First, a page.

Lucky Brand Boots LK Mercerr Women's Fringed Honey Suede Oiled Suede Honey SZ 9.5 NEW! 093d86

Let’s begin with a couple of riddles: What’s bigger than a whale yet hides out of sight?

What could fill 250 semi trucks yet spreads itself thin?

The answer lies in the Blue Mountains of eastern Oregon and it tries to kill whatever it touches. But to see it, you have to know what to look for.

It’s a fungus.

"People don’t think of mushrooms killing trees,” says Greg Filip, a pathologist with the U.S. Forest Service. Trees often benefit from mushrooms at their roots.

Honey mushrooms, however, suck the life out of a number of types of trees. The trees fight back, shoving out the invading fungus, pitch oozing out of holes in the bark. But in many cases it's a lost cause.

“It’s girdled by the fungus,” Filip says. “The fungus will grow all the way around the base of the tree and then kills all the tissues.” Filip stands in the Malheur National Forest surrounded by trees dying in slow motion.

“It could be 20, 30, 50 years maybe before it finally dies,” he says. If you’re thinking of a classic mushroom with a cap and gills and spores, the honey mushroom fits that bill for only a few weeks each autumn.

Most of the year it’s just a thin, white layer that packs a lethal punch. Filip chops with a hand axe at the base of a tree. Higher and higher he removes bark. Even two feet above the roots, he finds a layer of the white fungus. His fingers peel back a layer “like latex paint.” That white fungus spreads up under the tree’s bark and rots its roots.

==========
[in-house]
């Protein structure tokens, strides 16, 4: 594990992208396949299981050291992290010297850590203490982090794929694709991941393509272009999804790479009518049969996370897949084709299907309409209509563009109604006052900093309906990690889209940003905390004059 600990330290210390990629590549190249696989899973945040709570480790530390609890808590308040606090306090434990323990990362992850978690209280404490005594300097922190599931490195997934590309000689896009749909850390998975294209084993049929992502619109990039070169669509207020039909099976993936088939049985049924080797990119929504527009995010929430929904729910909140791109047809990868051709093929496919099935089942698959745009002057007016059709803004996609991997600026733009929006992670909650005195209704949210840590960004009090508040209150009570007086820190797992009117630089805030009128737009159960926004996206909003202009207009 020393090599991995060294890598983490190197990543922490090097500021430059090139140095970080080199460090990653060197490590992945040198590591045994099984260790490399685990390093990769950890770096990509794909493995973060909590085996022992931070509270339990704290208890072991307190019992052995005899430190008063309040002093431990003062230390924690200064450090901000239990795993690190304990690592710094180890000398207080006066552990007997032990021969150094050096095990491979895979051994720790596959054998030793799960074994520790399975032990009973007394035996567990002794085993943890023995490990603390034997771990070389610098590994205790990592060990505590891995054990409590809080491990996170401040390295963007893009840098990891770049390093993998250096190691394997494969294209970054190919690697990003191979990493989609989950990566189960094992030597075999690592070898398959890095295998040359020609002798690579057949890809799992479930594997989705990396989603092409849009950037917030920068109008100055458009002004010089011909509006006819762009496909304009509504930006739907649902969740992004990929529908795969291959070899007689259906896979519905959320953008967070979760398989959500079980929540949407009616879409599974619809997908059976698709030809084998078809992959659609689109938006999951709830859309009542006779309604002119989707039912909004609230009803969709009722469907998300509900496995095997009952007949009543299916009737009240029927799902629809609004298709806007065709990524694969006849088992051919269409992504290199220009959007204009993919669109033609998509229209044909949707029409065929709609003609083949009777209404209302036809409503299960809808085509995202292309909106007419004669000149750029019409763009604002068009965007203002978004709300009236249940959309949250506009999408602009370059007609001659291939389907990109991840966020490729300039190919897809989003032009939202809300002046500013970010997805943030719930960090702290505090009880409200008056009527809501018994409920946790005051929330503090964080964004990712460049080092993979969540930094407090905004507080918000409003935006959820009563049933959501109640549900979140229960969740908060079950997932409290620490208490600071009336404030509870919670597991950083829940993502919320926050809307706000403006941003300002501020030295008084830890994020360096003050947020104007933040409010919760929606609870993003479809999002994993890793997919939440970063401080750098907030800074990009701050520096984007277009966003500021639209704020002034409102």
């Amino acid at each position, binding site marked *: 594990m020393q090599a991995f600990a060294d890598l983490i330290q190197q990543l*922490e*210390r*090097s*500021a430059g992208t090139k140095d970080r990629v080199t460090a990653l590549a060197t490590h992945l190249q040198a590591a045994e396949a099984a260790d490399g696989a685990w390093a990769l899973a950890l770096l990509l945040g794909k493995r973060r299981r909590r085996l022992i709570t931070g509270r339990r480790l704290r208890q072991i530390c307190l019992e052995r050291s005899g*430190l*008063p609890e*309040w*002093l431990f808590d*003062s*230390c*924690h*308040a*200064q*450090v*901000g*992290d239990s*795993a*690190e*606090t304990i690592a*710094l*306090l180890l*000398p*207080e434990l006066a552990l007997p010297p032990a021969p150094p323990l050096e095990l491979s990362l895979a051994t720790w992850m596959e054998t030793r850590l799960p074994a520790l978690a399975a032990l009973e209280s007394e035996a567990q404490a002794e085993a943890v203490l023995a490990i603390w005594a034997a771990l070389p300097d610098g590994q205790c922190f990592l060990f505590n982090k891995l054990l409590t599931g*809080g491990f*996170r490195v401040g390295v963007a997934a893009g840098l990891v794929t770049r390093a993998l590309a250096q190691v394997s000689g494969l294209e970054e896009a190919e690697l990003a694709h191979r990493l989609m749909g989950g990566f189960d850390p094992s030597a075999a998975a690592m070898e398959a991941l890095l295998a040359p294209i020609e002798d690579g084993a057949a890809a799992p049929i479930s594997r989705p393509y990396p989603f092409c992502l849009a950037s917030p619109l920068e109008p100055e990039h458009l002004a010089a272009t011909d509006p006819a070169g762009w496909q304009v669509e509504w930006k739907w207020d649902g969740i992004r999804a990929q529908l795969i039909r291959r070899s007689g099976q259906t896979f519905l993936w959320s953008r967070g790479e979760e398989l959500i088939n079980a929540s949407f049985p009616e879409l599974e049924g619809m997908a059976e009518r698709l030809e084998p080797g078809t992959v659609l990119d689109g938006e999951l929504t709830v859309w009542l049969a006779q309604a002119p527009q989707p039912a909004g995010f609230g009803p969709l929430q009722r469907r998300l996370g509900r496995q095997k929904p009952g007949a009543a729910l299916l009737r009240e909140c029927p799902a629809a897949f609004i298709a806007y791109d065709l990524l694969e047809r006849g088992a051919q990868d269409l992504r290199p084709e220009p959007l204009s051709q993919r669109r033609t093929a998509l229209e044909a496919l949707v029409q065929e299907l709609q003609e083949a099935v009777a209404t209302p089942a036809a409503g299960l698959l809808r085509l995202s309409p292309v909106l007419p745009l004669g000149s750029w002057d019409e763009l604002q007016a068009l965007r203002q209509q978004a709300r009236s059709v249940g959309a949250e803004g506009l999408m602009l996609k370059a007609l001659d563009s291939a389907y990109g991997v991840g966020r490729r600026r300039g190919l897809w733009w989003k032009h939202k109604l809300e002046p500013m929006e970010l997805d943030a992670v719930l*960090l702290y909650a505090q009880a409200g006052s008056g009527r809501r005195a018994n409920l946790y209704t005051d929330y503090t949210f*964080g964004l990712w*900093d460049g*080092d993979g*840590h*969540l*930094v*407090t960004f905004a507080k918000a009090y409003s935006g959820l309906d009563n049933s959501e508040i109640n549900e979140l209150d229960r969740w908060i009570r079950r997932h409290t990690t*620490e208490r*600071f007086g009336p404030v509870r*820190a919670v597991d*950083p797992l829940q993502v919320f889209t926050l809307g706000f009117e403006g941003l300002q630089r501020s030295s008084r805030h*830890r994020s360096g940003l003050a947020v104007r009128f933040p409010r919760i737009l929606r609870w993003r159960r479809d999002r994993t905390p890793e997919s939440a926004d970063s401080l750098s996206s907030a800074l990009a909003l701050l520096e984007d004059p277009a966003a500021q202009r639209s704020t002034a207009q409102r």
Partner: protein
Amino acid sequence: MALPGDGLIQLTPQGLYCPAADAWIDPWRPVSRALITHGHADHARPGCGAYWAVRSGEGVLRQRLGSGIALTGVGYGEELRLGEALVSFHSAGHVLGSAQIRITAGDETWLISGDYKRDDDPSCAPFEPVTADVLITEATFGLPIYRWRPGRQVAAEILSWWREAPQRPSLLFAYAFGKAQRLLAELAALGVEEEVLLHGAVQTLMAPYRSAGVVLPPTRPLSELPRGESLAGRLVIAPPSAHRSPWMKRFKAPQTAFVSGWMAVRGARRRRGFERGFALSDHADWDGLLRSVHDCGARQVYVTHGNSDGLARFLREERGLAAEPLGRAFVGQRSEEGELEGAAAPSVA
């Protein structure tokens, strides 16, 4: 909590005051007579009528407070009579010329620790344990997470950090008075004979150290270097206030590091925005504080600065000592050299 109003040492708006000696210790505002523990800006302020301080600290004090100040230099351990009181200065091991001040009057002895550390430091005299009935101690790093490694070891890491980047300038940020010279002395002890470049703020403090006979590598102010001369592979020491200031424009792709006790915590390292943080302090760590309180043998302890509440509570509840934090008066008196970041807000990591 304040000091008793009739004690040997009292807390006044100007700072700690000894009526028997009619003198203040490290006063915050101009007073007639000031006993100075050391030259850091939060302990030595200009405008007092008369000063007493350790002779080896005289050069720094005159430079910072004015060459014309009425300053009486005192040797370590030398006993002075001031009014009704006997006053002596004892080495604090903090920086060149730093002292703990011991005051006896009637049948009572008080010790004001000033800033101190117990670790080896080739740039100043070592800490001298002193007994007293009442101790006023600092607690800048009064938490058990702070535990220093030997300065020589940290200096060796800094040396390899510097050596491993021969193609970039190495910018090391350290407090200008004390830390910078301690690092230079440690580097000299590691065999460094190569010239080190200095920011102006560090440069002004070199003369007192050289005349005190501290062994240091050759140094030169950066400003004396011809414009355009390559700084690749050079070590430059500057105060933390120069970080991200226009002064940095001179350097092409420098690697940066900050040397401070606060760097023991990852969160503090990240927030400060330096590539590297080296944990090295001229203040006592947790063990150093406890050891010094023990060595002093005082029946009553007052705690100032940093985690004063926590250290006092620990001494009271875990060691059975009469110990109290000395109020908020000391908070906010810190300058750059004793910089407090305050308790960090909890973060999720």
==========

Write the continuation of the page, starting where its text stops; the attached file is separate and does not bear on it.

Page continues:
"Then there’s no movement of water or nutrients up and down the tree when that happens,” Filip says. Back in 1988, Greg Whipple was the first Forest Service employee to realize they had “something different” on their hands. Back then it seemed to cover 400 acres.

Today, its footprint covers more than 3 square miles. “We haven’t seen anything else in the literature that would suggest that anything else in the world is larger in acreage,” Filip says.

They’ve dug out samples far and wide and in every spot they find more fungus. It’s not just the same type of fungus. DNA testing has convinced the scientists this is the largest single living organism in the world.

If you could scoop it all up and pile it together, scientists calculate it could weigh at least 7,500 tons, and maybe up to 35,000 tons. That’s the weight of more than 200 gray whales. This humongous fungus is nothing new.

“When you realize this fungus spreads at 1 to 3 feet a year and you have something that large, you can calculate the age," Filip says. "And we’re looking at something anywhere from 2,000 to 8,000 years old. Its scientific name is Armillaria.